FIG. 4 shows a second embodiment of the present invention where the samplehold circuit uses a fixed sampling frequency.
FIG. 5 shows how the concept of FIG. 4 can be implemented with electronic components.
FIG. 6 shows the crosssection of a basic semiconductor pn junction. The junction may not be abrupt and impurity distribution on the two sides of junction may not be uniform.
FIG. 7 is a schematic block diagram showing how the present invention can be used to solve the Poisson's equation for a twosided junction with nonuniform impurity distribution.
When a reverse bias is applied across a semiconductor pn junction, the potential distribution as a function of distance is governed by the Poisson's equation. Take the simple case of a static onedimensional Poisson's equation
(d.sup.2 V)/(dx.sup.2)=(q/ε)N(x) (1)
where V is the voltage, x is the distance, q is the electronic charge, ε is the dielectric constant, and N(x) is the background impurity concentration which may be a function of distance. To find out the potential distribution, one must solve this differential equation. After first integration, ##EQU1## where C_{1} is a constant of integration and can be determined by boundary conditions. At the edge of the depletion layer W, the electric field is equal to zero. ##EQU2## The constant of integration C_{1}, is then ##EQU3## Next, integrate Eq. (2): ##EQU4## If the voltage at x=0 is taken as zero, C_{2} =0. Differential equation (5) can be solved with analog computation technique.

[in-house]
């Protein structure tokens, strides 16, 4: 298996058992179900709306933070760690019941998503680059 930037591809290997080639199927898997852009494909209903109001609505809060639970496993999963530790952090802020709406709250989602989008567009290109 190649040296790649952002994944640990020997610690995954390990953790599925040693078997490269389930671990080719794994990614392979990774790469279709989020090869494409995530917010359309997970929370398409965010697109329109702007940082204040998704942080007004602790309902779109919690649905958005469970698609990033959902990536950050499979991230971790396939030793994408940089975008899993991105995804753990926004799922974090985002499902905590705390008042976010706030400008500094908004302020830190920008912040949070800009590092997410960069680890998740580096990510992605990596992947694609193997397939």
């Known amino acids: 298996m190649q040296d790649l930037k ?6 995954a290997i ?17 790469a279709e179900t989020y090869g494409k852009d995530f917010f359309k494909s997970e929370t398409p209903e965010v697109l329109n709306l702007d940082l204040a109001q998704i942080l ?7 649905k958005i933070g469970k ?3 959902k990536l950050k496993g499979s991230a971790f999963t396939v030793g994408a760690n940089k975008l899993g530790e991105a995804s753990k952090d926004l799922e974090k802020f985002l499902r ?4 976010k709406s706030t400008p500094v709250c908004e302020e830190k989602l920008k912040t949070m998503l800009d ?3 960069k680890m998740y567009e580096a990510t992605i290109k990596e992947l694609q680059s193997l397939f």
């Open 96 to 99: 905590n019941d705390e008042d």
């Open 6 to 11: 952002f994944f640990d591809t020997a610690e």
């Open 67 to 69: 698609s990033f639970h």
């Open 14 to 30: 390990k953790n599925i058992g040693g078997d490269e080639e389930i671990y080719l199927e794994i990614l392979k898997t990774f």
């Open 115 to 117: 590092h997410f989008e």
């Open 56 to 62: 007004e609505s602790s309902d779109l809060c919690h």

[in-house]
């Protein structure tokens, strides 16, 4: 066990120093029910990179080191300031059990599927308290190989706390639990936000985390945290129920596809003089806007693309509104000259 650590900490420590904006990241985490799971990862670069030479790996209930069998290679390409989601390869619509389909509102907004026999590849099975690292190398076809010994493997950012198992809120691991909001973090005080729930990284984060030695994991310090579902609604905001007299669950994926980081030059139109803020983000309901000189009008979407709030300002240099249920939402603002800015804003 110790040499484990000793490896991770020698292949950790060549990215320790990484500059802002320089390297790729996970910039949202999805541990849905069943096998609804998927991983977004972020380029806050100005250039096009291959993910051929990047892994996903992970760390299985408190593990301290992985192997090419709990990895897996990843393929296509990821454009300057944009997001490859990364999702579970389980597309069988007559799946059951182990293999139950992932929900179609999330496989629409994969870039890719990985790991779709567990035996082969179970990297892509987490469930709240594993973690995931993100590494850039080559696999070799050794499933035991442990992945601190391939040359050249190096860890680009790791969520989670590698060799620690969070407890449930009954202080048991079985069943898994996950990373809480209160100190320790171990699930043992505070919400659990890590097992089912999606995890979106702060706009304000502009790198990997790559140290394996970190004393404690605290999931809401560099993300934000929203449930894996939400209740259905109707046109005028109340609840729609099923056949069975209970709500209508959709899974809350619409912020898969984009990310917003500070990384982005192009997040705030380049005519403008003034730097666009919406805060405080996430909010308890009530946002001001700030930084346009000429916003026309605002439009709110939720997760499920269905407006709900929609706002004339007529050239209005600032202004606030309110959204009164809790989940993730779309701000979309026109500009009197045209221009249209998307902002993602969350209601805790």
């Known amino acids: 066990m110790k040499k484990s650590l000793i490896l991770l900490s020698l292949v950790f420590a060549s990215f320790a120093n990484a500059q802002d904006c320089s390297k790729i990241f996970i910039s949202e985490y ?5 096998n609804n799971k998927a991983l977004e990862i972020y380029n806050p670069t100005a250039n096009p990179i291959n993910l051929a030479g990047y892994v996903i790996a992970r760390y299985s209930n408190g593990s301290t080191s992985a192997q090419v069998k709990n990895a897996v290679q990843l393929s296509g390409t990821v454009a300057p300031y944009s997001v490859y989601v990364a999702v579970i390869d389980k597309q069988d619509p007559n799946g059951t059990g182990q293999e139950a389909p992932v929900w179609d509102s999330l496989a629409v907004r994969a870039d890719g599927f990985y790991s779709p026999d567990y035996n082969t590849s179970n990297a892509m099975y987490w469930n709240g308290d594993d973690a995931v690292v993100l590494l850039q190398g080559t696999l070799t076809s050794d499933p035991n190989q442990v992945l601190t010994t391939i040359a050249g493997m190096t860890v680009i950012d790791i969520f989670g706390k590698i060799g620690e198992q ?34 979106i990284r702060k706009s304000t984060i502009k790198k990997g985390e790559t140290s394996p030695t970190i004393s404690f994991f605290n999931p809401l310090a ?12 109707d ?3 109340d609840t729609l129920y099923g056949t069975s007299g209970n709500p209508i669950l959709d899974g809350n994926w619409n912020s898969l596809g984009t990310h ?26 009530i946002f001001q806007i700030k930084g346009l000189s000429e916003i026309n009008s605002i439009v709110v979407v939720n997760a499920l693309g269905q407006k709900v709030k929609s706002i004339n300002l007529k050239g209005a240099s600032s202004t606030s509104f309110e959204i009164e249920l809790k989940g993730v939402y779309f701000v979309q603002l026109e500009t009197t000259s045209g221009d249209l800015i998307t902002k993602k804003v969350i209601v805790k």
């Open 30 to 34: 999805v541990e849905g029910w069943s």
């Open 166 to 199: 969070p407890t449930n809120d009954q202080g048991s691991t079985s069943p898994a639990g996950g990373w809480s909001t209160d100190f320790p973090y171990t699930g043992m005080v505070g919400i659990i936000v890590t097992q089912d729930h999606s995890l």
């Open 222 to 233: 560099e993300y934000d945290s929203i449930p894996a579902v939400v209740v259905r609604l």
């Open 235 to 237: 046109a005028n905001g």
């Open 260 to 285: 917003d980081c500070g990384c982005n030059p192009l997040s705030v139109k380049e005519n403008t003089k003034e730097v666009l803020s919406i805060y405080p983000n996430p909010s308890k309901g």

After the first integration of the secondorder differential equation (1), one must put in the boundary conditions before the next integration. In other words, the value of the constant of integration C_{1} in equation (3) must be known. However, at this point in computation, the edge of the depletion layer W is not yet known. Not knowing the value of W, one cannot proceed to integrate equation (5).
According to this invention, we propose two novel methods to solve this problem.
In the first method, the time of integration is varied until the voltage as expressed in equation (5) is satisfied. The basic block diagram is shown in FIG. 1. In this diagram, there is an integrator 11, an inverter 12, a samplehold voltage follower 13, a summing amplifier 14, and a second integrator 15. The input signal is a periodic wave 10. The waveshape corresponds the impurity profile N(x) with time t replacing the depth x. The waveform can be rectangular for a uniform background or can assume other shapes for nonuniform background. The period T of this wave is adjustable.
This wave is impressed at the input of the first integrator 11 which yields an output at V_{1}. If time t is used to simulate distance x, the output V_{1} is equal to the integral in equation (3), ##EQU5##
At a time t=t_{2}, corresponding to the edge of depletion layer width where the electric field dV/dt=0, this boundary condition as given in equation (4) yields an integral ##EQU6## This quantity is a constant for subsequent integration and is held in a samplehold circuit 13.
This constant C_{1} is summed with the integral ##EQU7## in the summing amplifier 14 to give an output ##EQU8## This quantity is the electric field as a function of distance. The output of the summer 14 is integrated again in the integrator 15 to yield an output ##EQU9## By adjusting t_{2}, the period, this final integral can be varied until the amplitude is equal to the desired applied voltage V_{A}. Then, the time period t_{2} is a measure of the depletion layer width W.